The politics of energy is an increasing concern, and Adam Corner explains why we’ll all be fighting over this thing called “fracking” in 2013. Part of our series of short contributions from figures on the left looking to the year ahead.
If one of the defining battles over energy and climate in 2012 was between those who favoured a ‘dash for gas’ over a ‘race for renewables’, then 2013 may be the year when the reality of developing new gas reserves hits home.
Some wish to paint shale gas (often discussed with reference to the process “fracking”) as an unproblematic transition fuel, cleaner than oil and coal, buying us time to develop more cost-effective renewable technologies and offering a degree of energy independence by reducing our reliance on imports. But any “dash” for gas is likely to be less a glorious sprint, and more of a clumsy, casualty-strewn steeplechase.
For a start, it is unclear how much shale gas the UK has. There are also serious concerns about the environmental impact, e.g. with respect to methane. And then there is the not insignificant matter of how local communities will feel about living in the proximity of giant, hydraulic, shale fracturing machines.
In 2012, the debate about wind farms – at least among certain sections of the Conservative Party and associated media – really turned toxic. To glance at the headlines in the Telegraph, you’d think that there was barely-contained national outrage against wind turbines (when in fact general attitudes are fairly positive, especially relative to shale gas). Certainly, the siting of wind turbines is contentious, and people (understandably) feel strongly about where they should be located. But this is by no means something peculiar to the siting of wind turbines – the siting of any energy infrastructure is contested – and you can bet your last barrel of oil that if people don’t want the landscape scarred by wind turbines, they won’t want it eviscerated by fracking either.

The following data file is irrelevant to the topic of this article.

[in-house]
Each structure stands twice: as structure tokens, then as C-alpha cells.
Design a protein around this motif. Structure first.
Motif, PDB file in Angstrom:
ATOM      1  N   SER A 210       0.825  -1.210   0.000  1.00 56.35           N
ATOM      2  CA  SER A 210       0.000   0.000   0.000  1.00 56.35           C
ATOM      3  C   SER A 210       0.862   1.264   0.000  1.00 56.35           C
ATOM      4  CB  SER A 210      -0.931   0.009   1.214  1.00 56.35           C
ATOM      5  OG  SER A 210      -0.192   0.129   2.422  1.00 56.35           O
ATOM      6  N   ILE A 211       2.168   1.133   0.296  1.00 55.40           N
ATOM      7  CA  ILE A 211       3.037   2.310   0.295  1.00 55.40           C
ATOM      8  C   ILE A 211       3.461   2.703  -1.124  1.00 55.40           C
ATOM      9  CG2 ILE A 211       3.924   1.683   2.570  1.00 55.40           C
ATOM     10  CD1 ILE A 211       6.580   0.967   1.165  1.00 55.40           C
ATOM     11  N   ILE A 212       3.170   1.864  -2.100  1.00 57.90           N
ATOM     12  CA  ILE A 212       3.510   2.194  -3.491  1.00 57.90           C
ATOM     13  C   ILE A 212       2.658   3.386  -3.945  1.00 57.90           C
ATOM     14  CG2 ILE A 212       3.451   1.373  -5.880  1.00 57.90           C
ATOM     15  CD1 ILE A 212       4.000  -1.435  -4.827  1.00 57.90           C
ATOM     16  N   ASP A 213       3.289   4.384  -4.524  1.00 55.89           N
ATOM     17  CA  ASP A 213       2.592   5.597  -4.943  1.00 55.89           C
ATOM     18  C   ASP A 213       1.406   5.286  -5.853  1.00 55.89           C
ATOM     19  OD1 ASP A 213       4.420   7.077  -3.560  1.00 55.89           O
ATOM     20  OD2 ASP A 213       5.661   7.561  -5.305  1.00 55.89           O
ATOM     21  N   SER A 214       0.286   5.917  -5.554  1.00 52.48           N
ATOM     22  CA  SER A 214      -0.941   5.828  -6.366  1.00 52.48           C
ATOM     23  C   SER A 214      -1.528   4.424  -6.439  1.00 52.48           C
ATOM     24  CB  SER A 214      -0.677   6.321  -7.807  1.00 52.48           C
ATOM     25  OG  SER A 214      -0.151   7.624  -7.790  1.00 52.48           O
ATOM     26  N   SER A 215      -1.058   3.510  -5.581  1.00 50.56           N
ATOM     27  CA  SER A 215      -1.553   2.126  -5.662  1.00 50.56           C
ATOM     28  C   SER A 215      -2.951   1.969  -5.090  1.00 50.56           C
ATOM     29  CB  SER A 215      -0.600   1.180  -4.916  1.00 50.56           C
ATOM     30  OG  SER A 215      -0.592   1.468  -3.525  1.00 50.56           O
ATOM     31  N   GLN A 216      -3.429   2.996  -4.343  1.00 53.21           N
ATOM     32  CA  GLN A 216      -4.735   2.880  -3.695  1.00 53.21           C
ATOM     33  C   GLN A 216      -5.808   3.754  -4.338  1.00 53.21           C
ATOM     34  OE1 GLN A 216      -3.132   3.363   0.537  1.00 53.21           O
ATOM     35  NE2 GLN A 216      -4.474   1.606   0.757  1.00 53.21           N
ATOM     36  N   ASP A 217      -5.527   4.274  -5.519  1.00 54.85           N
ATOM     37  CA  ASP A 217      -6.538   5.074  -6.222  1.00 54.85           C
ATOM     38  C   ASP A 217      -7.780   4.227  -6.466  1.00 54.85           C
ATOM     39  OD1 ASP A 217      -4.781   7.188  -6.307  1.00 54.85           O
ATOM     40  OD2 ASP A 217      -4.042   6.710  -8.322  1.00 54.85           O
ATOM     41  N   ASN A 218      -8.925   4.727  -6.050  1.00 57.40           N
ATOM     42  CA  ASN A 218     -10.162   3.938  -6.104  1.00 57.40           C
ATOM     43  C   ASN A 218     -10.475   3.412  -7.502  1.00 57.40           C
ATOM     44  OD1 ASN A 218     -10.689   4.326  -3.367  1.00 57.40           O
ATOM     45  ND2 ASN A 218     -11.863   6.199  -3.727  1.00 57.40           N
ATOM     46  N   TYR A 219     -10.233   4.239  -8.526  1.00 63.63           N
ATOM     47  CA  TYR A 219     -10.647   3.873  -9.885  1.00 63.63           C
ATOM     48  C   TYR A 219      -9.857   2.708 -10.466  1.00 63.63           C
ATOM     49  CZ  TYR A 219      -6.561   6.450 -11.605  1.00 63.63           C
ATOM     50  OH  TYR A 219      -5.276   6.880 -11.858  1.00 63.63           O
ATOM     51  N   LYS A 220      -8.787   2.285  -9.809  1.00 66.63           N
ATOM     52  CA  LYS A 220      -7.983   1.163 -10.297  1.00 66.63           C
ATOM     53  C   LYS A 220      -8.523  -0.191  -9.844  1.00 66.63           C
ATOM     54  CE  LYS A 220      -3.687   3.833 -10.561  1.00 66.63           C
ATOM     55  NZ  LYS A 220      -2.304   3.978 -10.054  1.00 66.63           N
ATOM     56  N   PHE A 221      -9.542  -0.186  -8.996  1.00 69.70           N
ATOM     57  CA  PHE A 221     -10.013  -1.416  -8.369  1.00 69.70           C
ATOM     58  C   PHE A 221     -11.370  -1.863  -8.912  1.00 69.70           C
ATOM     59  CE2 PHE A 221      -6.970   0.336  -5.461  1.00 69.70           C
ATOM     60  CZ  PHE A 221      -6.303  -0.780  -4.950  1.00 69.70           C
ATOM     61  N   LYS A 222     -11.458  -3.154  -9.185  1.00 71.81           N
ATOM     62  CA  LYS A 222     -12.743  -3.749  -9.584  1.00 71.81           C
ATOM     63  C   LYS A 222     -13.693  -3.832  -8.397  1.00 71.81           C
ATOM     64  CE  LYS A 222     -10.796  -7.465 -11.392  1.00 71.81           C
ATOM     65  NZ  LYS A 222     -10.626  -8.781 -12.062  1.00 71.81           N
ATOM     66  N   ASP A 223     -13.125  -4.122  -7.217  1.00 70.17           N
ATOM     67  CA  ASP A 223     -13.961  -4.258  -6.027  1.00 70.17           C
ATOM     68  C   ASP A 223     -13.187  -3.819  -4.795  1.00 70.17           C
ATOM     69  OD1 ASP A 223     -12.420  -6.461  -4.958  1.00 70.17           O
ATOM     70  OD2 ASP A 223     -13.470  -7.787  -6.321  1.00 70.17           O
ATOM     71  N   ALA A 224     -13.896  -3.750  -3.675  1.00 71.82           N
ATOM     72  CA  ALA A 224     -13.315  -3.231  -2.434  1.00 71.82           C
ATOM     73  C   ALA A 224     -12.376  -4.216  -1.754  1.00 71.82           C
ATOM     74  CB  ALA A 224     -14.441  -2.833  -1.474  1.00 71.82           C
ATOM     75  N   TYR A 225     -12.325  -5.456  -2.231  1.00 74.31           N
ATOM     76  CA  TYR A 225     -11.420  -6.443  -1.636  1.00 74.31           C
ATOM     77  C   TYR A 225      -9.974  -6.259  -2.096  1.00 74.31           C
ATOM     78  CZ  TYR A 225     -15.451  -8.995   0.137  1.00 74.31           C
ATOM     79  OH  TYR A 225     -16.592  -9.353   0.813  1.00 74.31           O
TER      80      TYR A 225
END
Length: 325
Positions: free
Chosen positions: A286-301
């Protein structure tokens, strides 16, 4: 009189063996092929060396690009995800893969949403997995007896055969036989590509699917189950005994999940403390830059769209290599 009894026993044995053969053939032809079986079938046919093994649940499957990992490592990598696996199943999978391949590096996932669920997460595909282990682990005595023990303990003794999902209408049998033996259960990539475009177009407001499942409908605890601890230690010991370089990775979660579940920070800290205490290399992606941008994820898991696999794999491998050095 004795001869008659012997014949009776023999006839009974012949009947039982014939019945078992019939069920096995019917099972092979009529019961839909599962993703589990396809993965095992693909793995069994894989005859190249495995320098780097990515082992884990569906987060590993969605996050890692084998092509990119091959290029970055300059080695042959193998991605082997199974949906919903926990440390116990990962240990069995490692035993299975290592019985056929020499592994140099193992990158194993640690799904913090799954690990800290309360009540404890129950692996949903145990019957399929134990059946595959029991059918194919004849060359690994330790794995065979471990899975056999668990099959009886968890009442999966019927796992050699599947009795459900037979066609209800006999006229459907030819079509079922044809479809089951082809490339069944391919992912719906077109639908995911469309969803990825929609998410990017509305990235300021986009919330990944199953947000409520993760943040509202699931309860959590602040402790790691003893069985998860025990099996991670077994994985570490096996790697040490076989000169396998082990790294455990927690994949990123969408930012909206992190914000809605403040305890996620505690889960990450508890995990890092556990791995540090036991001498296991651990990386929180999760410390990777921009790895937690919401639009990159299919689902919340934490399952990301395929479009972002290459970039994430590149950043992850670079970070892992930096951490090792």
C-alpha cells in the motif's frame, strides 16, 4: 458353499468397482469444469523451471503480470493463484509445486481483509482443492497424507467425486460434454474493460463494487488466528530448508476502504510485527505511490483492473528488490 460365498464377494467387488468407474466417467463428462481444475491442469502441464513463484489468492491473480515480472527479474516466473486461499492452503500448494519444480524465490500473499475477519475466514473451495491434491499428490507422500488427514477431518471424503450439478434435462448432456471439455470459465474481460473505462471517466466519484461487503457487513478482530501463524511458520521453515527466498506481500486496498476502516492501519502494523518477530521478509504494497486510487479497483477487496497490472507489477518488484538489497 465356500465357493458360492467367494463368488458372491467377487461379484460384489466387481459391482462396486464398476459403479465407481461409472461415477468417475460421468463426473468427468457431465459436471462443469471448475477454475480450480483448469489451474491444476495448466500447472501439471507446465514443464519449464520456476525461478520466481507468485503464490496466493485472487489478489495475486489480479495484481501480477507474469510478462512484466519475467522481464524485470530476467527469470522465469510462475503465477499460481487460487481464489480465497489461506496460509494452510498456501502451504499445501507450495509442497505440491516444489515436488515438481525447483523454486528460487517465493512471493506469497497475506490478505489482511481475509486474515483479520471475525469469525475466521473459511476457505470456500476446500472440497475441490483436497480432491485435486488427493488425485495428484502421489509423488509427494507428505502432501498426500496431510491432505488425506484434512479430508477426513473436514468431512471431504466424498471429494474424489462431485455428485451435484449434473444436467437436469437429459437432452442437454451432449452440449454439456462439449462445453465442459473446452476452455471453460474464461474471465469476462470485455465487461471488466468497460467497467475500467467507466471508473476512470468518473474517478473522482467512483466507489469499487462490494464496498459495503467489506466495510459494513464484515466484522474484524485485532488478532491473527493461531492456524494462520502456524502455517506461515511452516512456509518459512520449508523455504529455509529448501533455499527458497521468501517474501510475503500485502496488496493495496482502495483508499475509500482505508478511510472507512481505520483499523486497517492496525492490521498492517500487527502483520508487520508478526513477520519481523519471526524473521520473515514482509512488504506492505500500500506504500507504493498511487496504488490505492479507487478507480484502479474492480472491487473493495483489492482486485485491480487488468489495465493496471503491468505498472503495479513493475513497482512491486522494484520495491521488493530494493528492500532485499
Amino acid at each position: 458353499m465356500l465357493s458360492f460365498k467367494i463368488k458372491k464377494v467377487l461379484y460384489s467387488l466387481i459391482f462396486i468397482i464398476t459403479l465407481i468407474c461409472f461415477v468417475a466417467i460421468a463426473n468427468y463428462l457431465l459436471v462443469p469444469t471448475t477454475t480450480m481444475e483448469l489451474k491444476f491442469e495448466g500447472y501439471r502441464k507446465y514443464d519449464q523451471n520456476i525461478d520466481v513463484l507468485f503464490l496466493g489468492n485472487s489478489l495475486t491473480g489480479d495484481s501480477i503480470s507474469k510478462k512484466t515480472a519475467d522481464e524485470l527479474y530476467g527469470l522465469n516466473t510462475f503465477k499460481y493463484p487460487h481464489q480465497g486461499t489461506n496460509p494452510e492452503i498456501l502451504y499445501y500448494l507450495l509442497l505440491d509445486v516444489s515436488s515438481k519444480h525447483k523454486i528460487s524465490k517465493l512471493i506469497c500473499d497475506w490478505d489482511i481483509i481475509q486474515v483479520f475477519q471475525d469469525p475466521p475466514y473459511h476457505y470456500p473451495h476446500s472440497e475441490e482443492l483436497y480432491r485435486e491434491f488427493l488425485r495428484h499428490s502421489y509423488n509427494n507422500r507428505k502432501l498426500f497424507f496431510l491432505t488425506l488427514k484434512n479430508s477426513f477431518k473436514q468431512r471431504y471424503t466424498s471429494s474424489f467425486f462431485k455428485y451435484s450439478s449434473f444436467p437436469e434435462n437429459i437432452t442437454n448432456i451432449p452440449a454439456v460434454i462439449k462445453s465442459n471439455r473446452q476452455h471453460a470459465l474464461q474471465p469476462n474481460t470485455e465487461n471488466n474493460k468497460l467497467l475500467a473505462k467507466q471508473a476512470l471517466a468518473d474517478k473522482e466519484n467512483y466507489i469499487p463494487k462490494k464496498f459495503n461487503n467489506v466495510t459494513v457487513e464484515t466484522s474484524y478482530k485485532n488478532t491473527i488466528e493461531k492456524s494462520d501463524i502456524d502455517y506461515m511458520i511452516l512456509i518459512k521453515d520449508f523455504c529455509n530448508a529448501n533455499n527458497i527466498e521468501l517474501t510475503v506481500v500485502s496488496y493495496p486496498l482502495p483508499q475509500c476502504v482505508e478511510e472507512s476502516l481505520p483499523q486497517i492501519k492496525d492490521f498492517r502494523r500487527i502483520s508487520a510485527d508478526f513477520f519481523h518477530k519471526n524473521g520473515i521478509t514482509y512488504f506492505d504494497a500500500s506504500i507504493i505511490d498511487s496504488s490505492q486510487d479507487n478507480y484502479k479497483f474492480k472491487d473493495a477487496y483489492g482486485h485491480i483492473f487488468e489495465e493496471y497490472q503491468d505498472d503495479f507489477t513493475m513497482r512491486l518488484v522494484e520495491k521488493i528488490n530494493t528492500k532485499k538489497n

In Keynsham (near Bath), just as 2012 was drawing to a close, a planning application for exploratory drilling in a potential shale gas site attracted more than 500 objections. The end of 2012 also saw a wave of anti-fracking protests, including a 20ft drilling rig erected outside the home of Lord Browne (http://frack-off.org.uk/action/drill-rig-on-fracking-lords-lawn/). In 2013, expect more of this. Expect also to see controversies flowing from Matt Damon’s film "Promised Land" and the pro-fracking documentary “Frack-Nation”. The shale gas industry seems worried about activism, if a recent study from a risk consultancy is anything to go by. The dash for gas in 2013 promises to be a bumpy ride.
Adam Corner is a researcher and writer focusing on the psychology of communicating climate change and public perceptions of energy technologies and geoengineering.